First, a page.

No patient left behind
Only 1.6 percent of Erongo population fully vaccinated
22 June 2021 | Local News
All hospitals across the country are overcrowded – a situation that is described as serious. Thankfully, “we have not yet had to turn away a patient due to lack of space,” Chief Medical Officer of the health ministry Leonard Kabongo said in Swakopmund yesterday during a media briefing convened by Erongo governor Neville Andre on the latest status of the pandemic.
Kabongo criticized the fact that many Covid-19 patients “go to hospital very late”, which is a major challenge. He said that especially people who suffer from comorbidities need to register a Covid-19 infection quickly.
“If a person does not see a doctor before their oxygen levels are very low, it will make treatment and survival more difficult,” he said.
Speaking to the AZ, several general practitioners described the Covid-19 situation as “out of control”. For more than a week they have been treating “only Covid-19 patients”.
“In our practice, we only see other illnesses in exceptional cases,” one doctor said.
Meanwhile, Anna Jonas, health director for Erongo, gave the assurance that the region had sufficient oxygen. “We see the highest number of active virus cases in Swakopmund and Walvis Bay,” she said. She described Swakopmund State Hospital as being “full”, which is why patients are being taken to other hospitals.
Jonas confirmed that the number of people who are being vaccinated against the virus has increased significantly since the beginning of the third wave of infections. To date however, only 1.6% of the regional population has received a second dose of vaccine. Between 60 and 80% of the population must be vaccinated in order to achieve herd immunity.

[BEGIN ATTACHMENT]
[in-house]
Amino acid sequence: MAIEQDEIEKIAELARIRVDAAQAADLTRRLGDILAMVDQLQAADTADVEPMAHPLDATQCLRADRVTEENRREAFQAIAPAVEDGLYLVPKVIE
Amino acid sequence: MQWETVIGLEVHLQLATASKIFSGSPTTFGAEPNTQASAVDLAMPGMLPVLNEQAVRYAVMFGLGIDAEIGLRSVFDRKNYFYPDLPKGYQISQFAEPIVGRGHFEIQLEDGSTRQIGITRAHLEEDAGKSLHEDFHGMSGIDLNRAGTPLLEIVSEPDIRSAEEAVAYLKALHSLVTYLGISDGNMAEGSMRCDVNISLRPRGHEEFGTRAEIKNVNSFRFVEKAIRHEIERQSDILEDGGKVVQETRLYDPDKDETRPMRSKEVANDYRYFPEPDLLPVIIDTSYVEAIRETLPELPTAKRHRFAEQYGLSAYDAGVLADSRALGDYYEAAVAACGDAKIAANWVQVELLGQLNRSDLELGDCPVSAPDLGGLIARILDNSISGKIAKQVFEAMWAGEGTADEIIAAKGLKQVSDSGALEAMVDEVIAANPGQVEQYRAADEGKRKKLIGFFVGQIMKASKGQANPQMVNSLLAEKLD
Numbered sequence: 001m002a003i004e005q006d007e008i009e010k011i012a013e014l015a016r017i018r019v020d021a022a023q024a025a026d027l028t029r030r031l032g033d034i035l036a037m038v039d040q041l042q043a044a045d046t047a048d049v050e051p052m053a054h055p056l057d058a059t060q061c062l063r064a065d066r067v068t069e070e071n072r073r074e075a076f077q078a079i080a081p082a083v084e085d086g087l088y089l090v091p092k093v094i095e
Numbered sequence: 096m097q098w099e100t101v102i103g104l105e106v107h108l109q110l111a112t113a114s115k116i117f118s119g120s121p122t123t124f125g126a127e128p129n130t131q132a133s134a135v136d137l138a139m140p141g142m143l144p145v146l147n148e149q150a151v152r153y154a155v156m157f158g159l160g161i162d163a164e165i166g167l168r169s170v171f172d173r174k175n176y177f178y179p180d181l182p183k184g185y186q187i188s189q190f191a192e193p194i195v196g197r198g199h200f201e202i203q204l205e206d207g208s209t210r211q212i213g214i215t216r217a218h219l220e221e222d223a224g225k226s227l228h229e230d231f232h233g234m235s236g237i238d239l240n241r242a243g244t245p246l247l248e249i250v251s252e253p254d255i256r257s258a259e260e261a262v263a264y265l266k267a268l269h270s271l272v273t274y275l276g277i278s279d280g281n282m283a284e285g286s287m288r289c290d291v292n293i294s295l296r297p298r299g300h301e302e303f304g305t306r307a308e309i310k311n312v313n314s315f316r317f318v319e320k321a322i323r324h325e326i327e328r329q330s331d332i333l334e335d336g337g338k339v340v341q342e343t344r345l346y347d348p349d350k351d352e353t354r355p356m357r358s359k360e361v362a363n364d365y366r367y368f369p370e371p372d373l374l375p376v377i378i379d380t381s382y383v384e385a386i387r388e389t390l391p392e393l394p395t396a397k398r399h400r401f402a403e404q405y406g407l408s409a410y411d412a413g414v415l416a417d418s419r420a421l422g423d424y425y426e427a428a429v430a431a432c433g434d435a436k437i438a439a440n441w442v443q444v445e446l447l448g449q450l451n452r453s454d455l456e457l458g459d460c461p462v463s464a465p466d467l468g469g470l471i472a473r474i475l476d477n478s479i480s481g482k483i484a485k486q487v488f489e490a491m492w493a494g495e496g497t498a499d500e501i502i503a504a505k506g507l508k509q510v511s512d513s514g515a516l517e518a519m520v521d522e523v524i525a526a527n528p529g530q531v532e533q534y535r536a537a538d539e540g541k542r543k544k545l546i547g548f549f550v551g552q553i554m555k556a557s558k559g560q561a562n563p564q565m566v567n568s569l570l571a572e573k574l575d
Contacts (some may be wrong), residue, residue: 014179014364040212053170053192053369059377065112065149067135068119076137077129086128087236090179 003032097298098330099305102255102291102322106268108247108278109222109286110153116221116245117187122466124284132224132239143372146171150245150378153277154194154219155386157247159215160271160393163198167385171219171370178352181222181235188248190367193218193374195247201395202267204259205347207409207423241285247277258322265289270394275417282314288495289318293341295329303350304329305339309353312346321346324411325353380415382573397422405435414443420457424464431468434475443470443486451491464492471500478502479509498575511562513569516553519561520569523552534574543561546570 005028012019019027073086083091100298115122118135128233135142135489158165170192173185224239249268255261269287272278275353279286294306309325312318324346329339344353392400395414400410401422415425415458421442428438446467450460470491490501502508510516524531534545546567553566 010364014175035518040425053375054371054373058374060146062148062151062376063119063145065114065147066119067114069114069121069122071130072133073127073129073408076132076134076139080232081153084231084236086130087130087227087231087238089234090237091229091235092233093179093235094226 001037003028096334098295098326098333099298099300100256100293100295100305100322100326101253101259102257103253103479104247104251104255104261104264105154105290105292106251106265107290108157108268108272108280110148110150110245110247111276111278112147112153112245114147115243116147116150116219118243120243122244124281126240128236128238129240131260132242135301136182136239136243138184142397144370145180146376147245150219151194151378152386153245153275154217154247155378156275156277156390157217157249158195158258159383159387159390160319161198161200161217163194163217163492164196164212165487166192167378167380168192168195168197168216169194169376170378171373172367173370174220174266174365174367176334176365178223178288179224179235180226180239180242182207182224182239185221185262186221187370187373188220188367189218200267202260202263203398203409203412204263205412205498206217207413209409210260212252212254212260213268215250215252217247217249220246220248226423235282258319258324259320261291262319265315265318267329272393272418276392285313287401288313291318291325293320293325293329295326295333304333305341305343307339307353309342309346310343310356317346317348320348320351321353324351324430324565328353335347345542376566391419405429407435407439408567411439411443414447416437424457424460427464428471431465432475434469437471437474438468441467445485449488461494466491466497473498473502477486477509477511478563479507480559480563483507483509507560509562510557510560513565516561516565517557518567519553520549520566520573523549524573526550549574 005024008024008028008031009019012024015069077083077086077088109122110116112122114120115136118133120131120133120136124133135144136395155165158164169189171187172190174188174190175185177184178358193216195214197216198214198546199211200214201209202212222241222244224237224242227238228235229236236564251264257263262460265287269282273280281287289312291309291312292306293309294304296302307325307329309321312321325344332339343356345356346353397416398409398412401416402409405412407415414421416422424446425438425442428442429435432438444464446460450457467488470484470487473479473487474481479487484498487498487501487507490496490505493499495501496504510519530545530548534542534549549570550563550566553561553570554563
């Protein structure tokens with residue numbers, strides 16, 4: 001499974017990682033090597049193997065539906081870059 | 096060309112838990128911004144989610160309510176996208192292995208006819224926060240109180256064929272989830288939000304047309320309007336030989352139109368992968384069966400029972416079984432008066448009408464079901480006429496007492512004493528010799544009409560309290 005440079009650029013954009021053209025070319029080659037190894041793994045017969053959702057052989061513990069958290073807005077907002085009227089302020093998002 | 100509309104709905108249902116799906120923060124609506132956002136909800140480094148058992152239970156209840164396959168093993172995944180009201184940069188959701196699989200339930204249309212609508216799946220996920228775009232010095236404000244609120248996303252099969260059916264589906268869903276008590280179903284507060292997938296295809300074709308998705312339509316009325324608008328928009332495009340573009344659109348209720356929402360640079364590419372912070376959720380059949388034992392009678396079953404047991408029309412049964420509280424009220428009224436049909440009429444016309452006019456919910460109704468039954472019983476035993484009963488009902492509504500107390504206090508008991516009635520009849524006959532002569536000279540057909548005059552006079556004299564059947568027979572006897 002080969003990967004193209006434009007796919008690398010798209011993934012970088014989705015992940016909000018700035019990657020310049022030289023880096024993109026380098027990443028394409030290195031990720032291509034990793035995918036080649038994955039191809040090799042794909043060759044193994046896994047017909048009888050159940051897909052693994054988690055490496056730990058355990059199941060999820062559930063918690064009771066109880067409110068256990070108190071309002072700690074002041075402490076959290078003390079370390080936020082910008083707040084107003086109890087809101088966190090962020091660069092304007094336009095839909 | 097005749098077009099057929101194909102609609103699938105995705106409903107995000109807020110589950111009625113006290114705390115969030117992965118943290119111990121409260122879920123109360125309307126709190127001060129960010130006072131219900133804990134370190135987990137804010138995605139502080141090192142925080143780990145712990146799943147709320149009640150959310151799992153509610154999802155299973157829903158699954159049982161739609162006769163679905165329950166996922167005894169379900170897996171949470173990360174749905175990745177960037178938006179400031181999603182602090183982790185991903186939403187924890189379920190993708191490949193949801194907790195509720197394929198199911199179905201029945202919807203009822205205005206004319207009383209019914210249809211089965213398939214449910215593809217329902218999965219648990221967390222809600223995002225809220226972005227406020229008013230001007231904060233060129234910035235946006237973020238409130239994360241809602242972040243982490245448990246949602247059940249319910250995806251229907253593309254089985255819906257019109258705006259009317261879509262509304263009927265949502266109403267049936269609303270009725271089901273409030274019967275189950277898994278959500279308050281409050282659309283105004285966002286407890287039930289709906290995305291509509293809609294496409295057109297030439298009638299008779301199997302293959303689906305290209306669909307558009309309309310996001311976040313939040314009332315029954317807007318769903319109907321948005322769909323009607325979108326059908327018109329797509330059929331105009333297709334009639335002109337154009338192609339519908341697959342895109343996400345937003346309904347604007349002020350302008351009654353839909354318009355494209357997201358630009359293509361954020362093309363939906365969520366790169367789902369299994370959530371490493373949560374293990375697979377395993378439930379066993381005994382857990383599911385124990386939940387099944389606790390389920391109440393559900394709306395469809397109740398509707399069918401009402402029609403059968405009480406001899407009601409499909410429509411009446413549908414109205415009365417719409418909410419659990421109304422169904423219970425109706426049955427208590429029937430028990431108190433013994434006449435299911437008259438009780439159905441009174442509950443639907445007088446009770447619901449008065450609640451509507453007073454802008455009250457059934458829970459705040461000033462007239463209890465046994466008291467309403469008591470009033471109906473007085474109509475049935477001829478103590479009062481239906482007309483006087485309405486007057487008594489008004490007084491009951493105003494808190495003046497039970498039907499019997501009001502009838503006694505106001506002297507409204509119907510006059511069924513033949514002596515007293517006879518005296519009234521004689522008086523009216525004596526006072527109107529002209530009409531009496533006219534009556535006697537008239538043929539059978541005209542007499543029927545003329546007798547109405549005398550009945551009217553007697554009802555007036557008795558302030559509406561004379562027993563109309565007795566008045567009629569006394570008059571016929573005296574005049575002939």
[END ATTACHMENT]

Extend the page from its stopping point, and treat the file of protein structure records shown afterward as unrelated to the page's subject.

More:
According to the regional director of education, Ernfriede Stephanus, nine schools in the region are currently closed due to Covid-19 infections. A total of 58 teachers and 164 students had tested positive for the virus, and to date, a school principal and a department head had lost their lives.
“We are keeping an eye on the situation,” she said, and called on teachers and students to stay at home “as much as possible”.
The police are also struggling with several challenges, especially when enforcing Covid-19 requirements. “Police officers are not immune to the virus,” said regional commander Andreas Nulumbo. Two police officers are in intensive care due to Covid-19, eight are in quarantine and six others are in isolation. “The police urgently need more protective clothing. We have to protect our residents, but also our police officers,” said Nelumbo.
Meanwhile, health minister Kalumbi Shangula called the Covid-19 situation “serious” yesterday afternoon, saying that 40% of all test results have returned positive. According to the latest update, the death toll stands at 1 164 and the number of active virus cases at 13831.
Nationwide there are 504 people in the hospital, of which 76 are in intensive care units.